And we got to Dettifoss, one of the places where the force of nature has caused me more impact. It is really difficult to describe in words what I felt as I approached the mass of water that is Dettifoss. It is worth a visit at least once in life. Not only is the waterfall, is also the landscape that surrounds it: the huge rocks that presides over all, the dark earth, almost black, so Icelandic, the impressive canyon. A set that seems straight out of a science fiction movie. Overwhelming.
From the 44 meters high of Dettifoss flows 500 cubic meters per second of glacier waters that carries sediments, creating a roar of incredible dimensions. For something is said that this is the most powerful waterfall in Europe. From this side of the canyon, it is possible to approach close the water. Another reason to follow the road 862: it offers the best views of Dettifoss, allowing a more frontal view of it. That would be impossible to do from the other side.
It was time to return to Húsavík. We were still impressed with the way back, but the day had been intense, so we continued to our little cabin for a hot and sulfur stinking water. I forgot to comment about the water. In Iceland the hot water smells like rotten eggs. I thought I would get used to, but I was not. The consolation is that more naturally impossible. So you have to ignore the whiff and enjoy the bath before leaving again to the icy wind of the island.
That night we decided to leave the cabin and dining out to try some local food. I had read in a guide that in one of the village restaurants (Gamli Baukur) enlivened the weekend nights with live music and that a it was a festive atmosphere. Maybe in middle summer, because in late August, at 8 pm it was barely people in the street, the terrace was empty, and only some tables inside were occupied. Anyway, the site was nice, and try the local fish with a bottle of white wine made up for the exit. Here I leave the link to the restaurant website: http://www.gamlibaukur.is/home/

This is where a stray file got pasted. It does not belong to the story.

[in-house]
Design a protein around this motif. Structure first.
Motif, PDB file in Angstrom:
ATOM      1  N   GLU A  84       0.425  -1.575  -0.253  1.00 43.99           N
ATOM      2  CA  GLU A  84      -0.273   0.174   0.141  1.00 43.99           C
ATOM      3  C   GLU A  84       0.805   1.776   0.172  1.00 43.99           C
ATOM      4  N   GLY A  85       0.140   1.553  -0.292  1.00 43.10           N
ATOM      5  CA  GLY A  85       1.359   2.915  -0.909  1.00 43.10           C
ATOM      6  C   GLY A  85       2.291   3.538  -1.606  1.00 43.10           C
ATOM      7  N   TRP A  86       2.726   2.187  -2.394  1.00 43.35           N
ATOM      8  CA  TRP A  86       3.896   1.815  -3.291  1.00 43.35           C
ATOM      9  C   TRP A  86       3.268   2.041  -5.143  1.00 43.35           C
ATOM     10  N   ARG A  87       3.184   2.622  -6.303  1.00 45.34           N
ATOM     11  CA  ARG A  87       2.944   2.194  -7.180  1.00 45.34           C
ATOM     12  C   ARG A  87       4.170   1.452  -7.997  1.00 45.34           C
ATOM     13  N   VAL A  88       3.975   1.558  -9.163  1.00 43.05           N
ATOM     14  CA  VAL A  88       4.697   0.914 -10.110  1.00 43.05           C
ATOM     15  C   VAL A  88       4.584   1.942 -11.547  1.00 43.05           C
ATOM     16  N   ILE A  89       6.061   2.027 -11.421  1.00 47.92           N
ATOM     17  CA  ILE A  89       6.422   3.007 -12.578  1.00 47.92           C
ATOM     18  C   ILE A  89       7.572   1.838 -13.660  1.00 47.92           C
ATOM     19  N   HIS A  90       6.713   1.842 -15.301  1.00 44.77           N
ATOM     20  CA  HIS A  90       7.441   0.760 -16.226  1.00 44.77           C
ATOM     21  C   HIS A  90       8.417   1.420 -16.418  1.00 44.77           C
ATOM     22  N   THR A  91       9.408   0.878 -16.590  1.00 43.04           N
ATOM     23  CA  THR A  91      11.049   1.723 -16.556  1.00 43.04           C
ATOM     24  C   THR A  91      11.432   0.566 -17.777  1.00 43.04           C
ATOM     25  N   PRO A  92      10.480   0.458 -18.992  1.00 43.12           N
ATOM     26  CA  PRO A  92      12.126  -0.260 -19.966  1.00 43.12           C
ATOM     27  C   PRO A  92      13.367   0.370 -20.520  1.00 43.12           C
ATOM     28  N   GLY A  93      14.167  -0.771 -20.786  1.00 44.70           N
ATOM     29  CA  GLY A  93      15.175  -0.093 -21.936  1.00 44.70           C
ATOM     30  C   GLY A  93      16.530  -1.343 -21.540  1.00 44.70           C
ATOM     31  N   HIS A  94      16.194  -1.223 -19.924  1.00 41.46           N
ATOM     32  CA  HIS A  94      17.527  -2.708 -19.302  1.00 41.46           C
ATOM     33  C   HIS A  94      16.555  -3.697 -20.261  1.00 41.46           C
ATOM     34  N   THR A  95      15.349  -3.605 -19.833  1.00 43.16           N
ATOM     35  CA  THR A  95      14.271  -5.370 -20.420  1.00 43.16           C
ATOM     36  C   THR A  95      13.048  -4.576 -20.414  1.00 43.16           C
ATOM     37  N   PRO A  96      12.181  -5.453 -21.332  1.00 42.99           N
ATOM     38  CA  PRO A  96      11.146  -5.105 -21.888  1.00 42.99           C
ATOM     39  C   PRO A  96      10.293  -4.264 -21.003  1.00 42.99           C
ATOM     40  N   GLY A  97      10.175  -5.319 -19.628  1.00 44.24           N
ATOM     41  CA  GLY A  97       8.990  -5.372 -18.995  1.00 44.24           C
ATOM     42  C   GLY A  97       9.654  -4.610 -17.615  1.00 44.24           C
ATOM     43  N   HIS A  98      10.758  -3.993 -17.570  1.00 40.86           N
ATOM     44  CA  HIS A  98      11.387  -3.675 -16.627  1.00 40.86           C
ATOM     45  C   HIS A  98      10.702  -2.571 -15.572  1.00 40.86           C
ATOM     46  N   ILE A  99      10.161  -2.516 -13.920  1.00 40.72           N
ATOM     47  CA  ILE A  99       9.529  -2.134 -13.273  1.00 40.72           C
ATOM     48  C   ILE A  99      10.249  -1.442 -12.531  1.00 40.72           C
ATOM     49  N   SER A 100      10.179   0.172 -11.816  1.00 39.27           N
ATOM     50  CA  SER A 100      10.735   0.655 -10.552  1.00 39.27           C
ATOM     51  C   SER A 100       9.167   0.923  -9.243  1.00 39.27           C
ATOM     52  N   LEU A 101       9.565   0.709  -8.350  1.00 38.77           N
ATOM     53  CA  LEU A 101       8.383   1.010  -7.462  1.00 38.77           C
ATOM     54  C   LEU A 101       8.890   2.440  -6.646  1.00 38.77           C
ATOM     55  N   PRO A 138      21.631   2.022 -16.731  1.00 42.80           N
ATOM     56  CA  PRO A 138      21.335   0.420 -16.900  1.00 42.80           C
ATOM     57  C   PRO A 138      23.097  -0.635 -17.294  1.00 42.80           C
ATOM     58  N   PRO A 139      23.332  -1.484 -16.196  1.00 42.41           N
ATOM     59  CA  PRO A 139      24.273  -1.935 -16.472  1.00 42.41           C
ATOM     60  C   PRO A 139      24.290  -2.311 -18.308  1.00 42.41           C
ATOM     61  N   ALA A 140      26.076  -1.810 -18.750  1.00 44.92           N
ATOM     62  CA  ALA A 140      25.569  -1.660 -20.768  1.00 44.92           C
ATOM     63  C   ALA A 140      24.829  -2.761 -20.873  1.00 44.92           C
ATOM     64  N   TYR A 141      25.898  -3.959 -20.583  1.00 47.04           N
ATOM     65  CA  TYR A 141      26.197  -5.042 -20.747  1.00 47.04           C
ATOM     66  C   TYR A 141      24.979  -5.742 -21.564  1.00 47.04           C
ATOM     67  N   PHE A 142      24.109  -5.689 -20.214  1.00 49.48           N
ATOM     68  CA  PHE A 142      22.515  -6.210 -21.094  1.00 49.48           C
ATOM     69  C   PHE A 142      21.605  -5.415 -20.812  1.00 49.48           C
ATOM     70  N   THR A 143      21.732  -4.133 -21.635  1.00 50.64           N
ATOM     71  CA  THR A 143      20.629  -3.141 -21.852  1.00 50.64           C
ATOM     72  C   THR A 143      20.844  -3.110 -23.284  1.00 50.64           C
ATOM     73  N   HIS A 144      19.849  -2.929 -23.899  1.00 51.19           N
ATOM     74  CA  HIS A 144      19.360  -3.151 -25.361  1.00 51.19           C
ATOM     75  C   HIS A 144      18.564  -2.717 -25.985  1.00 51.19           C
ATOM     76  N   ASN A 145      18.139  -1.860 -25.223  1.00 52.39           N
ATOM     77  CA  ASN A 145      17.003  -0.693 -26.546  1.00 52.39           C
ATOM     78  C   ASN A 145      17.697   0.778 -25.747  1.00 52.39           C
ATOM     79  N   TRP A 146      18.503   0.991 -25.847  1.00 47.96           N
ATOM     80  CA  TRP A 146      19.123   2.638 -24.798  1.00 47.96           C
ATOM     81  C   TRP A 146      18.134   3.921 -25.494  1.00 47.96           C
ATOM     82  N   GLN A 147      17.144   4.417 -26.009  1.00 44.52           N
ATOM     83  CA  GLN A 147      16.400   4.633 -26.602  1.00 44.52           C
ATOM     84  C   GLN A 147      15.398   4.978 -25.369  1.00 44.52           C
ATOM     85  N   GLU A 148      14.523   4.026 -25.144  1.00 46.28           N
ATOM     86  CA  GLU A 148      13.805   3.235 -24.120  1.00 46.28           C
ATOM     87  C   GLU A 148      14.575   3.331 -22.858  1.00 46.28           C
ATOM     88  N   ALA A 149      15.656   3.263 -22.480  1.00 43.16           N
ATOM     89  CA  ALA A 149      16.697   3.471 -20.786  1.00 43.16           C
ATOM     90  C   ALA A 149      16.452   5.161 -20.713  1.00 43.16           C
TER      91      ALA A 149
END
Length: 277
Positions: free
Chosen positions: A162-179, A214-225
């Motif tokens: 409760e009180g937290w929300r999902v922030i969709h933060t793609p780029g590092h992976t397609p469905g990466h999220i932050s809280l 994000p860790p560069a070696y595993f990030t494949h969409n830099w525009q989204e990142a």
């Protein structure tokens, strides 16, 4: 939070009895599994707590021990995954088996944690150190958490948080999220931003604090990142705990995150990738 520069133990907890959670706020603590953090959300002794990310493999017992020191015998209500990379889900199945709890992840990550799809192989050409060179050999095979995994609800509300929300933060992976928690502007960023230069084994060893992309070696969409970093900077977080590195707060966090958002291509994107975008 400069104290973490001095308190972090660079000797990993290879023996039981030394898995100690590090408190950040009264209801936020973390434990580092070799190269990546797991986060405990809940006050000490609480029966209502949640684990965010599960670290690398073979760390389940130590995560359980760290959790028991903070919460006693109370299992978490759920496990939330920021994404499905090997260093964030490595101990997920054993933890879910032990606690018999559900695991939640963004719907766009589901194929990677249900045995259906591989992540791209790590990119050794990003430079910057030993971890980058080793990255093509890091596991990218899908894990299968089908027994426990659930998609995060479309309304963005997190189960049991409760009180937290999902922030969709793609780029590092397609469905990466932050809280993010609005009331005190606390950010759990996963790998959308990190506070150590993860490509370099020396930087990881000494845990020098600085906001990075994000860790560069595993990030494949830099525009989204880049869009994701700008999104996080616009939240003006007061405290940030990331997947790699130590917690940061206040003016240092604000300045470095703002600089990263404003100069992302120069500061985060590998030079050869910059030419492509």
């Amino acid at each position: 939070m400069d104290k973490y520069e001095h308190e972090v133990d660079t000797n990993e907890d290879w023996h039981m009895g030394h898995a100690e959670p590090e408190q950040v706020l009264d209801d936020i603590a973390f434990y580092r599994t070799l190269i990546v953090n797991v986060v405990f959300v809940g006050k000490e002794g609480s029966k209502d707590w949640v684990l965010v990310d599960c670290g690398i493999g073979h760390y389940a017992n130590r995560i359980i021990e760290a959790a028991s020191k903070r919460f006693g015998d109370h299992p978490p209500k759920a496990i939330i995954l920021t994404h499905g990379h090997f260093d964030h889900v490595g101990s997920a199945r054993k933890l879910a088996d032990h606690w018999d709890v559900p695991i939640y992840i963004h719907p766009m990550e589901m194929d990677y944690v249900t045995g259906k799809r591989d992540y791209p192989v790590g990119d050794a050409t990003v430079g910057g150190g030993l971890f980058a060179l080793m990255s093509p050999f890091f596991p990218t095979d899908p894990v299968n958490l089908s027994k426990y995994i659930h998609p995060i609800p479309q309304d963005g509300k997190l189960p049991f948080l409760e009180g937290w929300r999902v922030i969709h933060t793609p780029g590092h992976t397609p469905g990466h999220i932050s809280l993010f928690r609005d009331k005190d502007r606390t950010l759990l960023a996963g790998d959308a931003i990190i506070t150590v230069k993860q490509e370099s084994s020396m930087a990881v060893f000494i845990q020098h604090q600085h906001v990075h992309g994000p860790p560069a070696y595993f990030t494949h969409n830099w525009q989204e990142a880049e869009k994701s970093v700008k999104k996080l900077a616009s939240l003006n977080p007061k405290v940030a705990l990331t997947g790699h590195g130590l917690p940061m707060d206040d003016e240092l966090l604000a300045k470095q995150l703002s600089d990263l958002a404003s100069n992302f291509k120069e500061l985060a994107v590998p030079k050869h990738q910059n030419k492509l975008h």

The next day we decided to visit another of the essential areas of the north: the Lake Mývatn and surroundings. We started the visit in Reykjahlíð, having coffe in town and taking a detailed map in the Tourist Office. A tip for those who also travel on their own in Iceland: it is important to have quite prepared the routes you want to do, as in Tourist Offices they give you maps but don’t expect extense explanations.
After a watery but comforting coffee we were prepared to leave Reykjahlíð. We left the village behind and 10 minutes later we were seeing Hverir. Situated at the foot of the hills of Námafjall, it is the area where solfataras emerge more strongly in the island. These are complemented by boiling springs and mud. As the land can collapse, it is recommended to extreme caution in the area. For this reason there is a way with ropes to avoid surprises and burns (according to the little guide we took in the Tourist Office, more than a person has gone badly burned due to approaching too much where they should not).
Just entering that extrange zone one is amazed by the colours of the mountain. Black, red, yellow, green, blue, brown… there is a whole complex tonality in the Námafjall earth. We left the car and noticed that the wind was even worst than the day before. It’s like to fly. So I understood the guide book recommendations as to the importance of wearing a good windbreak. So we covered well with our hoods to stroll to the Martian soil. There was a quite unbearable sulfur smell.
Also it is worth to approaching to opposite side of the mountain. There is a geothermal plant with a pool of white water, that seems something supernatural. The geothermal plants are very important to the Icelandic economy, since 85% of the energy consumed in the island comes from geothermal energy. Under Iceland there is a large caldera of magma that allows its citizens to have free electricity and hot water.